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2.3.14 DEFINE_PROPERTY UDFs



Description


You can use DEFINE_PROPERTY to specify a custom material property in FLUENT for single-phase and multiphase flows. When you are writing a user-defined mixing law UDF for a mixture material, you will need to use special utilities to access species material properties. These are described below. If you want to define a custom mass diffusivity property when modeling species transport, you must use DEFINE_DIFFUSIVITY instead of DEFINE_PROPERTY. See Section  2.3.3 for details on DEFINE_DIFFUSIVITY UDFs. For an overview of the FLUENT solution process which shows when a DEFINE_PROPERTY UDF is called, refer to Figures  1.9.1, 1.9.2, and 1.9.3.

Some of the properties you can customize using DEFINE_PROPERTY are:

figure   

UDFs cannot be used to define specific heat properties; specific heat data can be accessed only and not modified in FLUENT.

figure   

Note that when you specify a user-defined density function for a compressible liquid flow application, you must also include a speed of sound function in your model. Compressible liquid density UDFs can be used in the pressure-based solver and for single phase, multiphase mixture and cavitation models, only. See the example below for details.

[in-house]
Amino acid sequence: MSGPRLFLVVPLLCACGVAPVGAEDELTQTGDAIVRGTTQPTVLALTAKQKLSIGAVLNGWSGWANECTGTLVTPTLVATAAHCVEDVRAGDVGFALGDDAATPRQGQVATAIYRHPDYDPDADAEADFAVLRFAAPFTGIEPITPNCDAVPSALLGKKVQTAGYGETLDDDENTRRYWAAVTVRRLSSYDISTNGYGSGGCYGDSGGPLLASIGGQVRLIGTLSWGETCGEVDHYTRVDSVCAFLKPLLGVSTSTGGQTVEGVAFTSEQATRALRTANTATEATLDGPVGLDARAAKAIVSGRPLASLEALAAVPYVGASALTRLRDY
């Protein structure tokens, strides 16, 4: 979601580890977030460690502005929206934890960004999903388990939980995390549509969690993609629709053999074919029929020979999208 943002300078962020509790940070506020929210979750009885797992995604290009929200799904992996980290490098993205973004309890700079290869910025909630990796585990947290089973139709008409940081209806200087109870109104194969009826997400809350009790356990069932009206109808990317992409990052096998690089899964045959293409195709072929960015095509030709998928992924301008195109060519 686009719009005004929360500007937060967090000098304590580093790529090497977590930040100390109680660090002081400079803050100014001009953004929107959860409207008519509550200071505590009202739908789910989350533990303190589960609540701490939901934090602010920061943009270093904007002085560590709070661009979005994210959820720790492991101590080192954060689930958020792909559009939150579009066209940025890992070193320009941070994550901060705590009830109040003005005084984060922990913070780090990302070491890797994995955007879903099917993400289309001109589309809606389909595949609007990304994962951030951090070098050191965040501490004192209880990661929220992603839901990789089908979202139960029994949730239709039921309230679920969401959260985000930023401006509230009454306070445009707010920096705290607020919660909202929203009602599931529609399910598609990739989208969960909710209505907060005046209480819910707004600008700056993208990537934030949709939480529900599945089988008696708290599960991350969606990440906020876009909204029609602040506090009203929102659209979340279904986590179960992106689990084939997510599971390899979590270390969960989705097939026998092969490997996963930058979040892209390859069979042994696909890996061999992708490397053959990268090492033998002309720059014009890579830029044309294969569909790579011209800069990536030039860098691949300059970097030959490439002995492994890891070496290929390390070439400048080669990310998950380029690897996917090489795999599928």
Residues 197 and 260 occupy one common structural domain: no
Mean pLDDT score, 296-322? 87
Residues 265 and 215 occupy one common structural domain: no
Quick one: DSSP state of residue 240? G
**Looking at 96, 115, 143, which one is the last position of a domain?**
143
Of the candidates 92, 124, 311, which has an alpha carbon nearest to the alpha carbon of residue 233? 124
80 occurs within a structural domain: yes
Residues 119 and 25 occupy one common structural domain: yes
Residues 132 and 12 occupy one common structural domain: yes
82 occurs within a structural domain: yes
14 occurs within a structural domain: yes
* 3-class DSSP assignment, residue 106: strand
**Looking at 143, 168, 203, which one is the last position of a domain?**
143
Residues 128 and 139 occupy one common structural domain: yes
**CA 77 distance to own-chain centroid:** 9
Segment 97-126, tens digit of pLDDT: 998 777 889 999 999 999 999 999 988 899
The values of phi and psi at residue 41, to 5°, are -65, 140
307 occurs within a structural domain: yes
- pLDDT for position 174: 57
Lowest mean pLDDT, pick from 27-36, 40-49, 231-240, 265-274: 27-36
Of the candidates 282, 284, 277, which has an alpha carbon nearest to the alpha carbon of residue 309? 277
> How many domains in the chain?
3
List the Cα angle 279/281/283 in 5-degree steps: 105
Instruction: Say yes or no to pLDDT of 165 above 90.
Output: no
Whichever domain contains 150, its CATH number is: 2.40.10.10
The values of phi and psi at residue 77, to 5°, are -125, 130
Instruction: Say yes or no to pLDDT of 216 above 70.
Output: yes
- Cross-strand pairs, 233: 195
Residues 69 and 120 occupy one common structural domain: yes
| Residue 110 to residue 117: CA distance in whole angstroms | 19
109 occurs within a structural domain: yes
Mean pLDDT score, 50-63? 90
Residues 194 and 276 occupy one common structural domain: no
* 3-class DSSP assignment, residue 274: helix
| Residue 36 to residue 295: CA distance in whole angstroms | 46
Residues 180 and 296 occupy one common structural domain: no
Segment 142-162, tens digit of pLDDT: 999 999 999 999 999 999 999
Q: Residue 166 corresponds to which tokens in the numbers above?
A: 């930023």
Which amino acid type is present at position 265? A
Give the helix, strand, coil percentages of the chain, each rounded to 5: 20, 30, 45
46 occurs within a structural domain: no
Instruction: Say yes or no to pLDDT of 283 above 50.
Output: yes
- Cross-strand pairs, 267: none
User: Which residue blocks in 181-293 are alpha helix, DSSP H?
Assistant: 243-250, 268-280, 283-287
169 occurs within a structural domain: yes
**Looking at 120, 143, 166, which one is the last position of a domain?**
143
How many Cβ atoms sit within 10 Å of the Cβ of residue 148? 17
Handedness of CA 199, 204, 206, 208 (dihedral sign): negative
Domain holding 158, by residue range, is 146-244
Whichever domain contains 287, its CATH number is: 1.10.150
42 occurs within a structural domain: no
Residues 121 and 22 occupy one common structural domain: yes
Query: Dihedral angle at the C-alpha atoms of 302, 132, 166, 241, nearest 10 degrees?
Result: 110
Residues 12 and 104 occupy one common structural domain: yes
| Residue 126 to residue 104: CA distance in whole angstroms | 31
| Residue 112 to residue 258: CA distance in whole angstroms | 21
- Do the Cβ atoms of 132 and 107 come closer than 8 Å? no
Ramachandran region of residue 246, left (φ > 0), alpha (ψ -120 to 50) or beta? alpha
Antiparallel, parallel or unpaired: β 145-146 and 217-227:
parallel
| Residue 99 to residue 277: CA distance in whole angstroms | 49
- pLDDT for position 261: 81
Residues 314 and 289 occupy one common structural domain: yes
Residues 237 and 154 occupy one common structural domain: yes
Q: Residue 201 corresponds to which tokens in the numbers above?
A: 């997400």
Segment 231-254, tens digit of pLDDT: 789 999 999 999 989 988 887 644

For Multiphase Flows



Usage



DEFINE_PROPERTY( name, c, t)  


Argument Type Description
symbol name UDF name.
cell_t c Cell index.
Thread *t Pointer to cell thread on which the property function is to be
  applied.
   
Function returns  
real  
   

There are three arguments to DEFINE_PROPERTY: name, c, and t. You supply name, the name of the UDF. c and t are variables that are passed by the FLUENT solver to your UDF. Your UDF will need to compute the real property only for a single cell and return it to the solver.

Note that like source term UDFs, property UDFs (defined using DEFINE_PROPERTY) are called by FLUENT from within a loop on cell threads. The solver passes all of the variables needed to allow a DEFINE_PROPERTY UDF to define a custom material, since properties are assigned on a cell basis. Consequently, your UDF will not need to loop over cells in a zone since FLUENT is already doing it.



Auxiliary Utilities


Some commonly-used auxiliary utilities for custom property UDFs are described below. They are generic_property, MATERIAL_PROPERTY, THREAD_MATERIAL, and mixture_species_loop.

generic_property is a general purpose function that returns the real value for the given property id for the given thread material. It is defined in prop.h and is used only for species properties.

The following Property_ID variables are available:


generic_property ( name, c, t, prop, id, T)